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  6. Dave said on February 12, 2007 at 1:42 pm

    Ashley, I’m glad I’m not the only one to use about the concept of dry cold.

    I can’t count the number of strange looks I’ve received when I asked by someone from warmer climes how I stand the cold and reply that it’s dry cold so you don’t notice it at all.

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  7. ashley said on February 12, 2007 at 2:28 pm

    Thanks. Good to know, for once, it isn’t just me.

    I remember in 1996 it got down to 7 Fahrenheit in New Orleans, and the humidity was still up high. I thought the cold was going through every layer of clothing I had.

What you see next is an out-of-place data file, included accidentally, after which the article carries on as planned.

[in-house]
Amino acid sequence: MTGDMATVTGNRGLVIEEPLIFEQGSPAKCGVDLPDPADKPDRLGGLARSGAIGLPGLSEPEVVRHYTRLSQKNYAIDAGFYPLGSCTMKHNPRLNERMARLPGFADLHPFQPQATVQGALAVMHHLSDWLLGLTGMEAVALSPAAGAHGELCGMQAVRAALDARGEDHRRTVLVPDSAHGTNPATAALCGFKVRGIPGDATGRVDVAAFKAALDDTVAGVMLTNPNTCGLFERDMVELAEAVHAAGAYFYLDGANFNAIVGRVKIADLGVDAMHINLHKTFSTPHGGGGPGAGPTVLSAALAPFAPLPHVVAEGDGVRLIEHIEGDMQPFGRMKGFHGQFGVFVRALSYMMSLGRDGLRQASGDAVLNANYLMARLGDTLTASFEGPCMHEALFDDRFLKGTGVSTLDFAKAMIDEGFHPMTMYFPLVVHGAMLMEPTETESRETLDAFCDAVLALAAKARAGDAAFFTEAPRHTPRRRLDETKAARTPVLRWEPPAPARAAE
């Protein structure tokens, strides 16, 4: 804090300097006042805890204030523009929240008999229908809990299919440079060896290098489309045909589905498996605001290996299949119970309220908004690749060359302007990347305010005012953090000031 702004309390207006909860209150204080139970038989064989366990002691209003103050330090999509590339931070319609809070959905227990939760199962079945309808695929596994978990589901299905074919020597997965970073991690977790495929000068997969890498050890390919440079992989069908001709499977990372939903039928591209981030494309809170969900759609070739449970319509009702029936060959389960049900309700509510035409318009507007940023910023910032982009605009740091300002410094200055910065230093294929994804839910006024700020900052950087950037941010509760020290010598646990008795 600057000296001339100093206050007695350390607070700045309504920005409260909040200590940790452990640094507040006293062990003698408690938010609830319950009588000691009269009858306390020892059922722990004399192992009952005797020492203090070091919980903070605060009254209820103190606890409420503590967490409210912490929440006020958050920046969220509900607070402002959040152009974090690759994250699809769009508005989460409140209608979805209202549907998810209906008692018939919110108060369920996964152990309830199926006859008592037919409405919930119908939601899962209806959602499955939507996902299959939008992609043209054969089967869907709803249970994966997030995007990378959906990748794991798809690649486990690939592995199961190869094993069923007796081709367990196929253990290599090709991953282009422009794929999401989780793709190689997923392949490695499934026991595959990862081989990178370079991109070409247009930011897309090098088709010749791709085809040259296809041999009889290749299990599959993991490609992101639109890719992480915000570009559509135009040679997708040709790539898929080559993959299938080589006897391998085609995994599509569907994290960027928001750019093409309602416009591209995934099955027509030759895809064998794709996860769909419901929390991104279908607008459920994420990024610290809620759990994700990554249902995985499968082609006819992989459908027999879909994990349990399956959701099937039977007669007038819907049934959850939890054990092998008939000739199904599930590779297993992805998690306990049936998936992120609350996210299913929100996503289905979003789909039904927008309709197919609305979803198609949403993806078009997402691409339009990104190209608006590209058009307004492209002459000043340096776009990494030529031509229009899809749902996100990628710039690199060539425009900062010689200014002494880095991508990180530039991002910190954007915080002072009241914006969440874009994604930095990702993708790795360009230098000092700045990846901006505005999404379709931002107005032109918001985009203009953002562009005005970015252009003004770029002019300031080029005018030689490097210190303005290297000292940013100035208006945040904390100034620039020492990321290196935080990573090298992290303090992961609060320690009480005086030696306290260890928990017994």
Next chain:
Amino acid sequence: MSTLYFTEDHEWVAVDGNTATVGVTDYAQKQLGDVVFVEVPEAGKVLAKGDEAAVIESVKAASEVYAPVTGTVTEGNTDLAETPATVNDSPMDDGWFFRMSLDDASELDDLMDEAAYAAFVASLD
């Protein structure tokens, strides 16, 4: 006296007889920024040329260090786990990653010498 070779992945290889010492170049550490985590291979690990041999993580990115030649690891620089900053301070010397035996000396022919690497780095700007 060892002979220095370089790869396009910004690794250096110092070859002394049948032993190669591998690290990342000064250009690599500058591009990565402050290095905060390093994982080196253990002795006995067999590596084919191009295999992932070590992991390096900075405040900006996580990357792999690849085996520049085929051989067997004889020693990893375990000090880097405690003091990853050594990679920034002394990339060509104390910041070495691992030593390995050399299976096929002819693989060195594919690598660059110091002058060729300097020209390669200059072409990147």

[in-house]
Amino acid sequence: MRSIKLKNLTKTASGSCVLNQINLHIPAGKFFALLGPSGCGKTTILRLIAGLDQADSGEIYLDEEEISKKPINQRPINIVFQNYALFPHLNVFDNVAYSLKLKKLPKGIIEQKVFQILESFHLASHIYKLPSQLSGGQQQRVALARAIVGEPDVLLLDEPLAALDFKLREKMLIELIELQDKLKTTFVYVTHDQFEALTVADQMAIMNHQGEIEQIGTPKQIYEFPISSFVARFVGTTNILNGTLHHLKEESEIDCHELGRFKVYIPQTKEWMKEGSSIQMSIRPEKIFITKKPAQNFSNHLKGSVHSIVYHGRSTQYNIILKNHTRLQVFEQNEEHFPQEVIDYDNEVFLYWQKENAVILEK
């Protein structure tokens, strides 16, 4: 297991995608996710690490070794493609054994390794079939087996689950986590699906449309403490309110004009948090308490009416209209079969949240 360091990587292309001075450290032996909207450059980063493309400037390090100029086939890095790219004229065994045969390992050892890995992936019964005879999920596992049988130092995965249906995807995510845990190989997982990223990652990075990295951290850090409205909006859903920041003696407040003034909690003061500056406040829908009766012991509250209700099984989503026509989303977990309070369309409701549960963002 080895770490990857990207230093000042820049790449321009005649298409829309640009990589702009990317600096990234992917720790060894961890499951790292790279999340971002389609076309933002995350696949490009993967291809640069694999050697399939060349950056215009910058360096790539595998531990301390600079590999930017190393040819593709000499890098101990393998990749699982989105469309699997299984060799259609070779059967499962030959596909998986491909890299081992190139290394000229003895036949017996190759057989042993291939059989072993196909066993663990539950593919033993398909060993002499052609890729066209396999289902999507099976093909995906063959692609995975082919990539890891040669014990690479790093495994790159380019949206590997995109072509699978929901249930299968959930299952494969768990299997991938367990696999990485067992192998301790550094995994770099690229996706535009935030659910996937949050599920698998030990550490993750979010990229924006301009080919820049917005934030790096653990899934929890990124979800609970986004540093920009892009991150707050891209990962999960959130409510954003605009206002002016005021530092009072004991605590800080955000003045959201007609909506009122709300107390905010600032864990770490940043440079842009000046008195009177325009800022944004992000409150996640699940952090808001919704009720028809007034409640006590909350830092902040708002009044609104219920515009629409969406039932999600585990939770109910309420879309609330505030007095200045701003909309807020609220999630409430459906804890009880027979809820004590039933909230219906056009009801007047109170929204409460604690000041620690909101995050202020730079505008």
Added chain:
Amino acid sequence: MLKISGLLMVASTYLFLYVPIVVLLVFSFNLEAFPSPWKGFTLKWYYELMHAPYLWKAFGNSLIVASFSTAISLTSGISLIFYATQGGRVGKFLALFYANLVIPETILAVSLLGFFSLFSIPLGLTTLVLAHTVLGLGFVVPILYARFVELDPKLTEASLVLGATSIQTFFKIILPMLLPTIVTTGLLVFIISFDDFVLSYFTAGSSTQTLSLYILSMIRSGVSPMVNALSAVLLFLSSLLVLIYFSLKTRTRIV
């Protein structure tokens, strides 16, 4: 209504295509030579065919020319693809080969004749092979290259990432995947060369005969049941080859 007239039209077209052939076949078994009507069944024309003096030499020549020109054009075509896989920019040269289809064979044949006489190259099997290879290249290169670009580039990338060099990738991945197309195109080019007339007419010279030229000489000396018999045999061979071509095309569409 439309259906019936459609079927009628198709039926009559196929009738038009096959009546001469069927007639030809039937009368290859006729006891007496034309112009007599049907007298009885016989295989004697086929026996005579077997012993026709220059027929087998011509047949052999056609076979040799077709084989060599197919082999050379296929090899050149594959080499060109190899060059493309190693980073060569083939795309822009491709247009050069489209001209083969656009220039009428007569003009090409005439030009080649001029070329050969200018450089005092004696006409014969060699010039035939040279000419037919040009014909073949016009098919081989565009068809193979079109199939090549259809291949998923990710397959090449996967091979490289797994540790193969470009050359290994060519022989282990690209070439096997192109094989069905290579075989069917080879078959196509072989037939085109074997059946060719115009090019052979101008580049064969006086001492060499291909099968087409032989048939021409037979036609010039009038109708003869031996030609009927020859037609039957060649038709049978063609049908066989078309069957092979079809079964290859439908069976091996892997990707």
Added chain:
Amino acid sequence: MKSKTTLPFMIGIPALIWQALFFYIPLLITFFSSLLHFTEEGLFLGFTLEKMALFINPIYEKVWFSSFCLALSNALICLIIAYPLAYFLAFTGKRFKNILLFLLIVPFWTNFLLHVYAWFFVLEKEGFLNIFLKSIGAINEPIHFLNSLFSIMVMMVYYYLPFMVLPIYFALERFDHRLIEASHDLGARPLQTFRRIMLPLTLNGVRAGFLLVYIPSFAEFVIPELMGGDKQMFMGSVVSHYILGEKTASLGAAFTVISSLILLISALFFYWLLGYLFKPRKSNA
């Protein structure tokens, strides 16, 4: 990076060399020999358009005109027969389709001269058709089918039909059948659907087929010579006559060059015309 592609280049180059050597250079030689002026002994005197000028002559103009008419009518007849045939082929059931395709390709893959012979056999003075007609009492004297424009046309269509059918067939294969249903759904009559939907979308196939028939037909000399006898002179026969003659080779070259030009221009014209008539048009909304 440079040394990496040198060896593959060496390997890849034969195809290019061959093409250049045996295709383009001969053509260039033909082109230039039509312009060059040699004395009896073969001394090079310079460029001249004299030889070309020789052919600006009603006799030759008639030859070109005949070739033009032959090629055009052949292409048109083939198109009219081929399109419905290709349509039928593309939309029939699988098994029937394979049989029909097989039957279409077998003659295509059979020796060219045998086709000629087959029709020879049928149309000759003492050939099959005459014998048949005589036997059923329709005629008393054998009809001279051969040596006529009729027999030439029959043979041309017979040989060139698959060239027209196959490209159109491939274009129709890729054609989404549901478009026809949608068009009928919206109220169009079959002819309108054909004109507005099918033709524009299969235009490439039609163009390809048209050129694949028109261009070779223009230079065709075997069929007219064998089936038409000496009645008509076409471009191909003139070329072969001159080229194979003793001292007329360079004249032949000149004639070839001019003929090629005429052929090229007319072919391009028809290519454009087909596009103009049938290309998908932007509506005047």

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  8. brian stouder said on February 12, 2007 at 4:27 pm

    extremely cool car, indeed! Any chick (including Dixie Chicks, presumeably) who drives it will be sporting party hats (so to speak) – but her fella will have shrinkage.

    The Honda Element would look good as an ice-block, too – and would be easier to carve, no doubt

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  9. John said on February 12, 2007 at 4:50 pm

    “party hats”…nice euphemism! We say AN’s at our house.

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  10. alex said on February 12, 2007 at 5:32 pm

    We say “high beams are on.”

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  11. Randy said on February 12, 2007 at 6:00 pm

    I have to respectfully disagree about windchill.